I wasn’t sure what to think. I thought i was always a trusting person. But to be honest, starting this relationship with him showed me how little I trust people. It had nothing to do with him and everything to do with my experiences. He brought perspective to my life that I didn’t know I needed. I had been shutting everyone out. I was hiding. But I didn’t need to hide with him. We are buying a house together. We have a dog. His voice soothes me, and his laugh is so contagious. We have the same humor. He is patient. He does not love me in spite of everything I have been through, he chooses to love me everyday because my experiences have made me the resilient and strong woman I am today. You do not have to fit into molds for people to love you. I was terrified to tell him about my traumas. He created an environment for me to feel safe enough to tell him everything. This is part of love. Making the conscious decision to make your partner or partners feel safe enough to create a life with you regardless of past experiences. It is teamwork. I have never learned more about romantic love, partner love, and self-love in my life than I have in these two years.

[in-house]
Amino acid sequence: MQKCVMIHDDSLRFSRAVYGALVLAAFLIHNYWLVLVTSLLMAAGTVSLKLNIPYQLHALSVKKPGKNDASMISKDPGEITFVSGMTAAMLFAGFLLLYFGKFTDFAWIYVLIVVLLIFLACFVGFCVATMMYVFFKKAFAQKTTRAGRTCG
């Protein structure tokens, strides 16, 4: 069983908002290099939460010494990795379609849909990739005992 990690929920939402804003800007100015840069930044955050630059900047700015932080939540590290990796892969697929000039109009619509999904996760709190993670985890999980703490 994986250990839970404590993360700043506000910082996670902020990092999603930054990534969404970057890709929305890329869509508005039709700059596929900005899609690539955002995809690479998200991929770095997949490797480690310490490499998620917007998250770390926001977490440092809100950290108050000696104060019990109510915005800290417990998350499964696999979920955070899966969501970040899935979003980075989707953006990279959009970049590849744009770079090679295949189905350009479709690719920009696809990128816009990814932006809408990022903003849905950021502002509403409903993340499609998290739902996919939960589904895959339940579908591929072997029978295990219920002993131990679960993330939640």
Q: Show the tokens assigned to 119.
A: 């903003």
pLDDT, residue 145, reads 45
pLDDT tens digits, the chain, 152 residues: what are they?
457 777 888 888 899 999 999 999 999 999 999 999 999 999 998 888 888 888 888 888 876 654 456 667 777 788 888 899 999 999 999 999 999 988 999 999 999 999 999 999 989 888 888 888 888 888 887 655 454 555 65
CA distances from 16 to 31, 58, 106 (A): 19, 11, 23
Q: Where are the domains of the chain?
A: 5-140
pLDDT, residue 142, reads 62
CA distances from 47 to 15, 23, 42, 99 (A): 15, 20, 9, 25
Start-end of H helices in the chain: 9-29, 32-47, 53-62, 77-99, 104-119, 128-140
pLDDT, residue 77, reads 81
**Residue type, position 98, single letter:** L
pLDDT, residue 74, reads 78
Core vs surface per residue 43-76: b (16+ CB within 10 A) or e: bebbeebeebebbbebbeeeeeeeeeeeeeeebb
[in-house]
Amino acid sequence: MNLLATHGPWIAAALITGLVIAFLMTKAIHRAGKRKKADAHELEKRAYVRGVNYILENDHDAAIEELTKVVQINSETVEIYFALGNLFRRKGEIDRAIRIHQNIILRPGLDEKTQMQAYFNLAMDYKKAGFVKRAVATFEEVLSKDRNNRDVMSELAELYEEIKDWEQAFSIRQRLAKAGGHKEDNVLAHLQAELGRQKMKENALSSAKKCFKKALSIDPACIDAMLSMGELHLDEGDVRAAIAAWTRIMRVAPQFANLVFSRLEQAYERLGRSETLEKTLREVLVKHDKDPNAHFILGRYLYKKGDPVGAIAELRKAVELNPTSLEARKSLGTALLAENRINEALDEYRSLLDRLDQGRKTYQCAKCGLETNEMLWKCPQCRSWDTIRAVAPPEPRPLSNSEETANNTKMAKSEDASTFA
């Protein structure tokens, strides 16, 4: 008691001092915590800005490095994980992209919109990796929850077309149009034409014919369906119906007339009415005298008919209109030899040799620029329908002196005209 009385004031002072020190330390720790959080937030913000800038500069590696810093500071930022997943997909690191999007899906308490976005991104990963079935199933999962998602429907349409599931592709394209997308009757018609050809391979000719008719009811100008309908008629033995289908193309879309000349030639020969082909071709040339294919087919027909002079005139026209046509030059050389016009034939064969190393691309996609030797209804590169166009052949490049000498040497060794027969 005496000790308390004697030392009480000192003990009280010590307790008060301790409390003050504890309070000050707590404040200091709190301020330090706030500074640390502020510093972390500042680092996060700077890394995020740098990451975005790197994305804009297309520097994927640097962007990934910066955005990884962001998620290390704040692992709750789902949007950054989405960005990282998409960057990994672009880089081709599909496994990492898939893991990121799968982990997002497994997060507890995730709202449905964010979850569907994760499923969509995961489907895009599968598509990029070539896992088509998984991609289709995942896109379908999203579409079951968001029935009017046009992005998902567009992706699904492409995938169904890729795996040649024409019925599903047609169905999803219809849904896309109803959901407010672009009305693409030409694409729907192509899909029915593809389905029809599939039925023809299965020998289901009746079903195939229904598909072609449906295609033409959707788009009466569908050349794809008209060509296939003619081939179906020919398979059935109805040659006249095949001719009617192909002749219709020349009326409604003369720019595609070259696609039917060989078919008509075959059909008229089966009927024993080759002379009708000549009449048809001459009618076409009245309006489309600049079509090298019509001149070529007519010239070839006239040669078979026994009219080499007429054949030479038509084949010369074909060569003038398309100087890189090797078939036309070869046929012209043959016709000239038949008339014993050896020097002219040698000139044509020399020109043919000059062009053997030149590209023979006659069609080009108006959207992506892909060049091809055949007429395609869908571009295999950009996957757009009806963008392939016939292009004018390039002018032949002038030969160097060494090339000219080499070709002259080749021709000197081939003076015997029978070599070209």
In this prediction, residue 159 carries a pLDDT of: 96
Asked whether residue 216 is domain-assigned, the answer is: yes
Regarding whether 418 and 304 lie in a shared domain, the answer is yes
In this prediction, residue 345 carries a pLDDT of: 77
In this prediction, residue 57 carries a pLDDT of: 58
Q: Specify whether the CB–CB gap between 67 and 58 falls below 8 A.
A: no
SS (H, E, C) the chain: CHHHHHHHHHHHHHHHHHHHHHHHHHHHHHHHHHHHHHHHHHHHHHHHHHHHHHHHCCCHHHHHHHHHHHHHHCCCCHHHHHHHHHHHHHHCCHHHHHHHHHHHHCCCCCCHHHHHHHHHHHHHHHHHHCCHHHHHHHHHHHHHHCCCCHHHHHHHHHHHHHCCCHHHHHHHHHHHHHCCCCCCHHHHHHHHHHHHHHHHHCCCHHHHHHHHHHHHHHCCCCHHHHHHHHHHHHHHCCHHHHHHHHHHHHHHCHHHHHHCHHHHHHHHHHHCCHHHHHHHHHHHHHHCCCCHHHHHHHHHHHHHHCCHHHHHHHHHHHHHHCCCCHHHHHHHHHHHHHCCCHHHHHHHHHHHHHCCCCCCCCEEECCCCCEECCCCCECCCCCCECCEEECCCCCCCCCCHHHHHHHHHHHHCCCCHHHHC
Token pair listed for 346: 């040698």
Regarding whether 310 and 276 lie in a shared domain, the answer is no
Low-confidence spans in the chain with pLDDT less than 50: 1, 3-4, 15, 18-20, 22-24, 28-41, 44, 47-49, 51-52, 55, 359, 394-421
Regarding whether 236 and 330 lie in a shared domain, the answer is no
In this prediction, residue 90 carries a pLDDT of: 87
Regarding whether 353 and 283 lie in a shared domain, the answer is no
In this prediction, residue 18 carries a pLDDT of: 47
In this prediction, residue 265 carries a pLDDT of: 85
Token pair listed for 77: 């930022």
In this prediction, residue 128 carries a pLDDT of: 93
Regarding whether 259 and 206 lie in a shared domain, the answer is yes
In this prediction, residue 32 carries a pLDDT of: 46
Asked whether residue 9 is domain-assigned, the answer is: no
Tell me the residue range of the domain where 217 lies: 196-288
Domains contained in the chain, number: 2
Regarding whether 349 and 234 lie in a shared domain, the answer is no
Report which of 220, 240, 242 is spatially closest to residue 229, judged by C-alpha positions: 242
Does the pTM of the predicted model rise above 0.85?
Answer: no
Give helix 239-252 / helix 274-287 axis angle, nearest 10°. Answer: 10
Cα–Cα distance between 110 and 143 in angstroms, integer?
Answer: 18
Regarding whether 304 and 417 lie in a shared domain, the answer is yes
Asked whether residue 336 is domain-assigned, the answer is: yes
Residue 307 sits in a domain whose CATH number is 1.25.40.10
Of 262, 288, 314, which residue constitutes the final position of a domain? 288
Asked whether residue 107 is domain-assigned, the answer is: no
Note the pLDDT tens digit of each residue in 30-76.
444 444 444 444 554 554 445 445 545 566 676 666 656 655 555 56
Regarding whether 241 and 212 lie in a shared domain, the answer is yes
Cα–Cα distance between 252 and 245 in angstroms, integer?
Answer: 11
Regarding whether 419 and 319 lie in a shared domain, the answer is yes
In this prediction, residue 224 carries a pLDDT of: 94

Here is what I know to be true about love: